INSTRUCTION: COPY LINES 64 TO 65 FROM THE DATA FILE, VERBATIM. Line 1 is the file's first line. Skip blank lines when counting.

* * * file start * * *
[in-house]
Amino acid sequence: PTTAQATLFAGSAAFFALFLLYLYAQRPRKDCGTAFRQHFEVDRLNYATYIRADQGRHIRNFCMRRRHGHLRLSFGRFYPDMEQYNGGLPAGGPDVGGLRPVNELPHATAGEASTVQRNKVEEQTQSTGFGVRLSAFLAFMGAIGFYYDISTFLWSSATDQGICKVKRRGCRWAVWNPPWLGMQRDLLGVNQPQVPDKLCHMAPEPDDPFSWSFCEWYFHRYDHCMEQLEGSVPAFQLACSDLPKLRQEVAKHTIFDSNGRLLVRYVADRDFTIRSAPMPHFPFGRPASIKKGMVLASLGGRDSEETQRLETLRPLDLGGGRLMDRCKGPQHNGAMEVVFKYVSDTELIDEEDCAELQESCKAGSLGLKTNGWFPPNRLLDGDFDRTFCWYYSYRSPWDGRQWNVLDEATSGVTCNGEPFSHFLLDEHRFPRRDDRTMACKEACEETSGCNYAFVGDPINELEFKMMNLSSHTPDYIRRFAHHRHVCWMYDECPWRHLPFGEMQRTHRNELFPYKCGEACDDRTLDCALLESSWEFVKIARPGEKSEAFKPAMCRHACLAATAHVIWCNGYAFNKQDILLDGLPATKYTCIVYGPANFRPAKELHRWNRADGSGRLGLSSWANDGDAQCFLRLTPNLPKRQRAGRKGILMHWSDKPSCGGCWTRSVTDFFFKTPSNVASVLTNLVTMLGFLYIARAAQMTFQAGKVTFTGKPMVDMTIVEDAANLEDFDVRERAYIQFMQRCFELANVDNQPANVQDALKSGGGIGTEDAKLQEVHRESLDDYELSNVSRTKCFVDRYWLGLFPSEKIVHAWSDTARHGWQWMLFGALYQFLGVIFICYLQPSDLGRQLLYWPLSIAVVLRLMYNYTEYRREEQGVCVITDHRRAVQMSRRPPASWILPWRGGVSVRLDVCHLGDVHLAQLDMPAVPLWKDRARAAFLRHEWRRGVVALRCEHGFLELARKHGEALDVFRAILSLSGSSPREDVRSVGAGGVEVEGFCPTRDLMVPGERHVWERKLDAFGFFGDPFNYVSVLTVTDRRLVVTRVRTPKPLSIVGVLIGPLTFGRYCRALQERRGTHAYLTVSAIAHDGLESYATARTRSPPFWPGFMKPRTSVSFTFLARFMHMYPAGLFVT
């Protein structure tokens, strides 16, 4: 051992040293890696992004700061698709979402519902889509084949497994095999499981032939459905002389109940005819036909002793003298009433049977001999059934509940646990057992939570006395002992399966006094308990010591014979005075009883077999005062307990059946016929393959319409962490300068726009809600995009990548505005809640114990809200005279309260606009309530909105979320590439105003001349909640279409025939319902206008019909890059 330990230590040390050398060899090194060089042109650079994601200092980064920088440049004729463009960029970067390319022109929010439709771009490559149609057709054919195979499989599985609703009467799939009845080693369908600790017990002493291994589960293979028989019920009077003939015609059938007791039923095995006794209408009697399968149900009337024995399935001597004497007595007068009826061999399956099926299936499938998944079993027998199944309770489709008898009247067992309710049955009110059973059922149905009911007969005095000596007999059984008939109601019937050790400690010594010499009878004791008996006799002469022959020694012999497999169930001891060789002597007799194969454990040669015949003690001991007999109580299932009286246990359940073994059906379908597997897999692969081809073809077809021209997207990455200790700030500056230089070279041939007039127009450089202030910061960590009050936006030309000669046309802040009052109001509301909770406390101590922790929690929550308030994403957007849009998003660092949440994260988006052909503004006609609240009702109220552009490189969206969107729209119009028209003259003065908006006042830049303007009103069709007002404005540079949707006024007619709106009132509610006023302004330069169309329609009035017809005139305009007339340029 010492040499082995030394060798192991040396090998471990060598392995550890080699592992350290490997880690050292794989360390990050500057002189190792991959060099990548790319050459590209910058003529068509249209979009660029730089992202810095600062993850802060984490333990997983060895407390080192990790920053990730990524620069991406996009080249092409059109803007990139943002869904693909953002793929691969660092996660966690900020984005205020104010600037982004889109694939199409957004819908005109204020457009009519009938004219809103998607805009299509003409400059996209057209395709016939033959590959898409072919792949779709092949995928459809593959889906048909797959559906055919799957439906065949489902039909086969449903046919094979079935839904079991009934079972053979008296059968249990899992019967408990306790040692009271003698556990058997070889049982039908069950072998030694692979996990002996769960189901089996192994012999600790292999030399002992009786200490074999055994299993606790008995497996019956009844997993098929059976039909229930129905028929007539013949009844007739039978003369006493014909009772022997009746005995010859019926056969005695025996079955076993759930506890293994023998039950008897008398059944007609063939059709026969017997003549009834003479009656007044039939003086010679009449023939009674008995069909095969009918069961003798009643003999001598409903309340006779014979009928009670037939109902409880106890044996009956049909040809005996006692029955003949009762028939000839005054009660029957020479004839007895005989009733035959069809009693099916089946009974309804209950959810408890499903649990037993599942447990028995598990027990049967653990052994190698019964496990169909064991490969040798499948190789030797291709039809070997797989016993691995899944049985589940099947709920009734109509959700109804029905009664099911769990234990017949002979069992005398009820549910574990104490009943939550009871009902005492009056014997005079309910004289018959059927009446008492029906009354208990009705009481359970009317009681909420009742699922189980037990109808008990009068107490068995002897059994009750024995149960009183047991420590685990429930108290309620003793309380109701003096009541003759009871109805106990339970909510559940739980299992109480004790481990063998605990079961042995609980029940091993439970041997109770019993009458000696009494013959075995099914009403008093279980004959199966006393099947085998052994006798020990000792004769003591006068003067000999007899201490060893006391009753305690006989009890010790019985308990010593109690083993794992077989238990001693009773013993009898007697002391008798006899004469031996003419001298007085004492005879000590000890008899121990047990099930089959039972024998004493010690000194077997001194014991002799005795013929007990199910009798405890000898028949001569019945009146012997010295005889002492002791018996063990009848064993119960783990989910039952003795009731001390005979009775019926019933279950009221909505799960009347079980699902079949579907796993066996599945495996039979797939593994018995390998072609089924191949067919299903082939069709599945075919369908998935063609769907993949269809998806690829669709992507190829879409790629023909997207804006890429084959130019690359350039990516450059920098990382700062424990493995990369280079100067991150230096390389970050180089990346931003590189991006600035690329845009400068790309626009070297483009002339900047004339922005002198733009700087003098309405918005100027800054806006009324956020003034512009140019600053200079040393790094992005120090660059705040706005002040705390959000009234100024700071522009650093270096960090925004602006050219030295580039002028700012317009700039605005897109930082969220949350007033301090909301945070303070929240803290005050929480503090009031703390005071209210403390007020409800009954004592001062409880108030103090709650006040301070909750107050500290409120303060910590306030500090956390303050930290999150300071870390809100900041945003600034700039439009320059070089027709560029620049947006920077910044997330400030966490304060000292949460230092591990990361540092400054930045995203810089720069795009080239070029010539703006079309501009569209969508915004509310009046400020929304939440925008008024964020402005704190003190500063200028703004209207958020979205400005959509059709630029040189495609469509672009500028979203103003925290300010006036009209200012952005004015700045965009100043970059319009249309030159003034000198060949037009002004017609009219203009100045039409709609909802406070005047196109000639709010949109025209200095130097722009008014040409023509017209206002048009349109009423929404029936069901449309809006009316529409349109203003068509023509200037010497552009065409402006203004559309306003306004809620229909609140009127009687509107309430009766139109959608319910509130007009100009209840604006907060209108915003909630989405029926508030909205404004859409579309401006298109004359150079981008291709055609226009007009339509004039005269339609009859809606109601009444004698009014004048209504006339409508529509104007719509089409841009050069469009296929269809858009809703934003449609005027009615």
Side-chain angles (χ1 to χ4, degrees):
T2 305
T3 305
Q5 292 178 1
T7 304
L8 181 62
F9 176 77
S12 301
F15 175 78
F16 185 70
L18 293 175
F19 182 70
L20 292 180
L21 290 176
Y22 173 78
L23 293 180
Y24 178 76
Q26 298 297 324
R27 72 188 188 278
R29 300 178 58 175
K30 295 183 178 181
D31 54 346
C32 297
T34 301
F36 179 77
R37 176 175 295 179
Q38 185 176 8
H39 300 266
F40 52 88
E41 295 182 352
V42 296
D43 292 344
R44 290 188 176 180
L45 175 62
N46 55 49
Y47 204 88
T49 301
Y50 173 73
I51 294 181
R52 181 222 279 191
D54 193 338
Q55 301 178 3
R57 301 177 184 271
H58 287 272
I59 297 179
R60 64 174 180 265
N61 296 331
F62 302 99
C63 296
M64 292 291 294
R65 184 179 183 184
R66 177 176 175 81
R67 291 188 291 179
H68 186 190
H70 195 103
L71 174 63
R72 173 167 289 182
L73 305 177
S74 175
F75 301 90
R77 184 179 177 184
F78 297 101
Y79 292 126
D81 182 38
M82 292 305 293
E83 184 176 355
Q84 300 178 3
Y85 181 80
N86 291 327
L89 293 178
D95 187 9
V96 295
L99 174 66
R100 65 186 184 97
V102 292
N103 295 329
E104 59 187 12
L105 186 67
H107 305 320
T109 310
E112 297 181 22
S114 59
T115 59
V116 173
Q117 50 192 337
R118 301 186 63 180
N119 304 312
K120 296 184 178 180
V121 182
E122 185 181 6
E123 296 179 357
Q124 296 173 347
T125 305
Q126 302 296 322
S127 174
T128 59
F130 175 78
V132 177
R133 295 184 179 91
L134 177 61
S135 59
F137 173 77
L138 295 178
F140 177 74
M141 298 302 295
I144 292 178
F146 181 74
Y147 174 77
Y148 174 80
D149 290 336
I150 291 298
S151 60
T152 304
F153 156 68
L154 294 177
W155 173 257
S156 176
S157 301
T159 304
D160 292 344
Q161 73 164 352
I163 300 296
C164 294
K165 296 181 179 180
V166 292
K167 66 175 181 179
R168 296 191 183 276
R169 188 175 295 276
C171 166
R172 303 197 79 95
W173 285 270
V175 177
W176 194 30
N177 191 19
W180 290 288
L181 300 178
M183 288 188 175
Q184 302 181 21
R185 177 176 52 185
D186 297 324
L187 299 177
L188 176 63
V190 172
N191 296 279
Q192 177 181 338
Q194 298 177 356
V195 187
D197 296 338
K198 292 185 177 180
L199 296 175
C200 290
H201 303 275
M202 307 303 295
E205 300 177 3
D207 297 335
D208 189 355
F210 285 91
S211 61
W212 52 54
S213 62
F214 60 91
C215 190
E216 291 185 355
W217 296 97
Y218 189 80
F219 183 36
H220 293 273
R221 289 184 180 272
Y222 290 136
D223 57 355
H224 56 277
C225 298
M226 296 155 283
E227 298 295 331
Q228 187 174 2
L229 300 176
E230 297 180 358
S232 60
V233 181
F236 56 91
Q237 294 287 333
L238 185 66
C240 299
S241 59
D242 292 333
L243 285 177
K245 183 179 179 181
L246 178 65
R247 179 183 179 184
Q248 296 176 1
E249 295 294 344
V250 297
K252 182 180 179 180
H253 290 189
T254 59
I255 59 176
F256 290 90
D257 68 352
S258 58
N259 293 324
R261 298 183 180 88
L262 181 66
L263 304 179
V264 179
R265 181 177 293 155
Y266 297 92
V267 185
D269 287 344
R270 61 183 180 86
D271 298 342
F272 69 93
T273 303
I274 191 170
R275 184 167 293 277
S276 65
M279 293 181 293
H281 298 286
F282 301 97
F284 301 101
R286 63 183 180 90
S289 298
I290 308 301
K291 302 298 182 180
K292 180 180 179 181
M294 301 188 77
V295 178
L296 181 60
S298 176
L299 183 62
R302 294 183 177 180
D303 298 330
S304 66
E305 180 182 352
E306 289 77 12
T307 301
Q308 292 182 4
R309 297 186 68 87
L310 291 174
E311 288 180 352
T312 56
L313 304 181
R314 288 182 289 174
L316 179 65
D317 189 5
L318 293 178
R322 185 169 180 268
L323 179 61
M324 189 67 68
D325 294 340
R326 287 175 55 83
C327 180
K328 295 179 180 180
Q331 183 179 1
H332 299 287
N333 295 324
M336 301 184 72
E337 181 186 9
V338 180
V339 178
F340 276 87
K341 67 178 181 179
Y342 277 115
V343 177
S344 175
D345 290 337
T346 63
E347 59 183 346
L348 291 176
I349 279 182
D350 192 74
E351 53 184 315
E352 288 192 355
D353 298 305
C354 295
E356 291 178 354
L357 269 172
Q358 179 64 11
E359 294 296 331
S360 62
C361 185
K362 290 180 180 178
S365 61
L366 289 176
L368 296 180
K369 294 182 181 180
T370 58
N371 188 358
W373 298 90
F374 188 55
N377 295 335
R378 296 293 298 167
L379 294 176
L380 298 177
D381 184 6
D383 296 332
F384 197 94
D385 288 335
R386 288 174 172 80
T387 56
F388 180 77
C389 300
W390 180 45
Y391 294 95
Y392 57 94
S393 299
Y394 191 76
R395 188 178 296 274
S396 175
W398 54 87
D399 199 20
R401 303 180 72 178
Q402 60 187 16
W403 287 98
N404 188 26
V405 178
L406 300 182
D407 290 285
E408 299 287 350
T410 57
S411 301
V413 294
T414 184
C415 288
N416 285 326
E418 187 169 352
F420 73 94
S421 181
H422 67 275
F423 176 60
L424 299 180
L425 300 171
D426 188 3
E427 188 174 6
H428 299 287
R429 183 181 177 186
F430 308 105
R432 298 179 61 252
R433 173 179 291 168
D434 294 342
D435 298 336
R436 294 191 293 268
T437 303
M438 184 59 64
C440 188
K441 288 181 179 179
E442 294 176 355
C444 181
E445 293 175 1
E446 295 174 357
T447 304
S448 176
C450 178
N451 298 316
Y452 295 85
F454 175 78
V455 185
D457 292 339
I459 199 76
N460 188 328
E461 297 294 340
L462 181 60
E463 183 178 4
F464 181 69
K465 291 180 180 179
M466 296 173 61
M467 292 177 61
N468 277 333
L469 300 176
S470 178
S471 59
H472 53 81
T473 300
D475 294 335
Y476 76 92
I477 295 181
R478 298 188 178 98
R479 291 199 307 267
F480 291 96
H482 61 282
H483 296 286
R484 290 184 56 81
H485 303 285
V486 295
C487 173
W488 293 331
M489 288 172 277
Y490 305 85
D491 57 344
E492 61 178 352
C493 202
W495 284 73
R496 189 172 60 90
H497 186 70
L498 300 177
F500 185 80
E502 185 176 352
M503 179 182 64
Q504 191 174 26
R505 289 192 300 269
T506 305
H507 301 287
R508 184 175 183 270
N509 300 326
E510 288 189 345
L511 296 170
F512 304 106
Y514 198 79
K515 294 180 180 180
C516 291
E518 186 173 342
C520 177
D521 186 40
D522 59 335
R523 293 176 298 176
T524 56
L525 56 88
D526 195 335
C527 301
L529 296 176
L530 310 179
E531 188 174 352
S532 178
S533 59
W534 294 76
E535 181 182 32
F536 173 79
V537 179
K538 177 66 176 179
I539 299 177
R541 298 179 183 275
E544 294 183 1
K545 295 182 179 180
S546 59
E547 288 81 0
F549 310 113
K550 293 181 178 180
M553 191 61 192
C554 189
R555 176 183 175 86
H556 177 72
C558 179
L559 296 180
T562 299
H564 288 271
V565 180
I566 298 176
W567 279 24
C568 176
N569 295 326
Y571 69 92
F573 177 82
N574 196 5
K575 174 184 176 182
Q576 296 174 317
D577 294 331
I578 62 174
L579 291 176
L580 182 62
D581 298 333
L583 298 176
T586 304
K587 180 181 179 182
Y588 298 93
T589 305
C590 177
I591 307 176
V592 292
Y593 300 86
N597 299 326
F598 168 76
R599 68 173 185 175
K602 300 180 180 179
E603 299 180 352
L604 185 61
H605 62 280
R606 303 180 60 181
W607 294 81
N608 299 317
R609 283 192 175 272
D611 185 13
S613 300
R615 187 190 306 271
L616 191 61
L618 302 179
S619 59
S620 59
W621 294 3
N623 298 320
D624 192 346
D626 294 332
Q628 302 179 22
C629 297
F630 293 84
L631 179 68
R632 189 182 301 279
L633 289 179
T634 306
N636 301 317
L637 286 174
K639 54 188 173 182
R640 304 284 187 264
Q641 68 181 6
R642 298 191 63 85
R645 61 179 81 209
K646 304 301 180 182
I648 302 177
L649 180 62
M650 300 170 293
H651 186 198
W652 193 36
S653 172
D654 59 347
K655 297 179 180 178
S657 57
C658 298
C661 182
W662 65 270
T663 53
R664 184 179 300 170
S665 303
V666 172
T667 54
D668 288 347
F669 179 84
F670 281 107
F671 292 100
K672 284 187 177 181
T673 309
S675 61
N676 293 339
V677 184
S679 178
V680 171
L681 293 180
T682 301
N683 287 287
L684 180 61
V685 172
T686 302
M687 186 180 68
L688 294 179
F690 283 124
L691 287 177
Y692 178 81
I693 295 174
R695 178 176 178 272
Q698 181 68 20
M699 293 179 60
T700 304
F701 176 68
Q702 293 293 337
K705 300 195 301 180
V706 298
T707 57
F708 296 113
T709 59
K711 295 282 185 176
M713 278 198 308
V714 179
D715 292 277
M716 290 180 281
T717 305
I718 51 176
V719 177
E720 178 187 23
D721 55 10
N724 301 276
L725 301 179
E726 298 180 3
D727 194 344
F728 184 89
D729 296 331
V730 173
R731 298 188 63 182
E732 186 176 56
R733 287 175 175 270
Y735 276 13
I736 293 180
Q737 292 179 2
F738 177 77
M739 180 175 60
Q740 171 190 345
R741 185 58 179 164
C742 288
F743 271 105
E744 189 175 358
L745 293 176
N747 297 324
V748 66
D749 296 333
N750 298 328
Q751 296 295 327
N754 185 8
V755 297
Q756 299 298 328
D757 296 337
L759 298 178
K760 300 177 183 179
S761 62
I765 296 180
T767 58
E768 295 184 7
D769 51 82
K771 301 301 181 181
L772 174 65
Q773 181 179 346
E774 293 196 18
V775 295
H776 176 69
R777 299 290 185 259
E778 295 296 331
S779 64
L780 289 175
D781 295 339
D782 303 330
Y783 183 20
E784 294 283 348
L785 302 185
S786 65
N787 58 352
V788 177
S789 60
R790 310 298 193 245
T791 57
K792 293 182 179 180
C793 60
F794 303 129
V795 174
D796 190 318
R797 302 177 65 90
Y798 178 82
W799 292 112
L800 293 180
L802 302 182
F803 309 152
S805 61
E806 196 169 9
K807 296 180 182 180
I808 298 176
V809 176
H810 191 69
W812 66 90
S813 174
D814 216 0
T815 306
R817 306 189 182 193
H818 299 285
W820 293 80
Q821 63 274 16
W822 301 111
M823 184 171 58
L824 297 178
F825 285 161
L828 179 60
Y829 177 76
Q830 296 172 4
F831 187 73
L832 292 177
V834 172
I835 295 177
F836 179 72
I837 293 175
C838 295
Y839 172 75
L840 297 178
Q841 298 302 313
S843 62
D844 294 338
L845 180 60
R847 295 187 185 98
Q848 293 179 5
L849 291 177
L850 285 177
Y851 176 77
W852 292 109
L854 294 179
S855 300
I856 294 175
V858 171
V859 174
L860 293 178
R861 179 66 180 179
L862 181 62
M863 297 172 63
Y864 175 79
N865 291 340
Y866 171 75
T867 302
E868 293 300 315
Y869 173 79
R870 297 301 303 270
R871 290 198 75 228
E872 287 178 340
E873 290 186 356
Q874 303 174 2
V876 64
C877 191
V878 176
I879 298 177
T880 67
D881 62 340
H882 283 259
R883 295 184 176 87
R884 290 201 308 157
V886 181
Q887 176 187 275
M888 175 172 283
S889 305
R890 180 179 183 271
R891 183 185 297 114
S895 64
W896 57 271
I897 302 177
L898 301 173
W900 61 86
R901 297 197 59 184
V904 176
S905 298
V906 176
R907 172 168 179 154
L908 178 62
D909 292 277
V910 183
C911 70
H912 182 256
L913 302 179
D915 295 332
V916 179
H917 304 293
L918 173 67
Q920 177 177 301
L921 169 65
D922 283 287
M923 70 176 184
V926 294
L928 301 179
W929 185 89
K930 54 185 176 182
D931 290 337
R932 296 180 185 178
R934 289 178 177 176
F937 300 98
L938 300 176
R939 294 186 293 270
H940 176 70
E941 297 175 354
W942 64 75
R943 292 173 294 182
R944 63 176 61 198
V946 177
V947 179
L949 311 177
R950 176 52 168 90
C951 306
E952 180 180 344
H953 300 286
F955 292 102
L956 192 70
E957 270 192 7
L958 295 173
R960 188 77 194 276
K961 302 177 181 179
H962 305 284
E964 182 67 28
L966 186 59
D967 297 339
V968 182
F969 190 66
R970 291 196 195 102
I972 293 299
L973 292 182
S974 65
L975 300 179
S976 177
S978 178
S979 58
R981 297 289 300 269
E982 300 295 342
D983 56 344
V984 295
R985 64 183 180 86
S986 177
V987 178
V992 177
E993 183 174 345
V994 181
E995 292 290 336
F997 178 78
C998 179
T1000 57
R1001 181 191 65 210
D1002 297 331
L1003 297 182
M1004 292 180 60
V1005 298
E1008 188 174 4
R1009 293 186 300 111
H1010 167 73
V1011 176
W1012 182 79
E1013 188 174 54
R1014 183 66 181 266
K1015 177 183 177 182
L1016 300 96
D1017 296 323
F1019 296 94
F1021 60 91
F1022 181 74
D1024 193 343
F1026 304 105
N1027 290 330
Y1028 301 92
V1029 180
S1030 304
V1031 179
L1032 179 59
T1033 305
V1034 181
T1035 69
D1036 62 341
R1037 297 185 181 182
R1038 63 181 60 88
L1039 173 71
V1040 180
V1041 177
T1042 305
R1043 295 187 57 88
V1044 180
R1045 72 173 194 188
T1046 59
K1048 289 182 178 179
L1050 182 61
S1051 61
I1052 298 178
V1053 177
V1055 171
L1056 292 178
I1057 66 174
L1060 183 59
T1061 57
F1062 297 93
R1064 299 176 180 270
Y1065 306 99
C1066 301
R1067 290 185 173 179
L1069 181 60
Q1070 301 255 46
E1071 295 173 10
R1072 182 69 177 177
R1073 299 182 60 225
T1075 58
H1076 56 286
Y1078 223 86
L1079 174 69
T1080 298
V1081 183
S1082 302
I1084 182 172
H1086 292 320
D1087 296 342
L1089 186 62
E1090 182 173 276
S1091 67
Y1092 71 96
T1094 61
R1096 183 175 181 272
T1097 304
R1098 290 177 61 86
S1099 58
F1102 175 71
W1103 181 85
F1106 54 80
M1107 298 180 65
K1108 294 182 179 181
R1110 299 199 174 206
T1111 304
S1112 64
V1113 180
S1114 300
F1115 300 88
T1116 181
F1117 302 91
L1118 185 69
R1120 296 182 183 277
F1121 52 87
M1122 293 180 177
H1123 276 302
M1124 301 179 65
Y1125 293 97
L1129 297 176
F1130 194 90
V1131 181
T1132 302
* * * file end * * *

R77 184 179 177 184
F78 297 101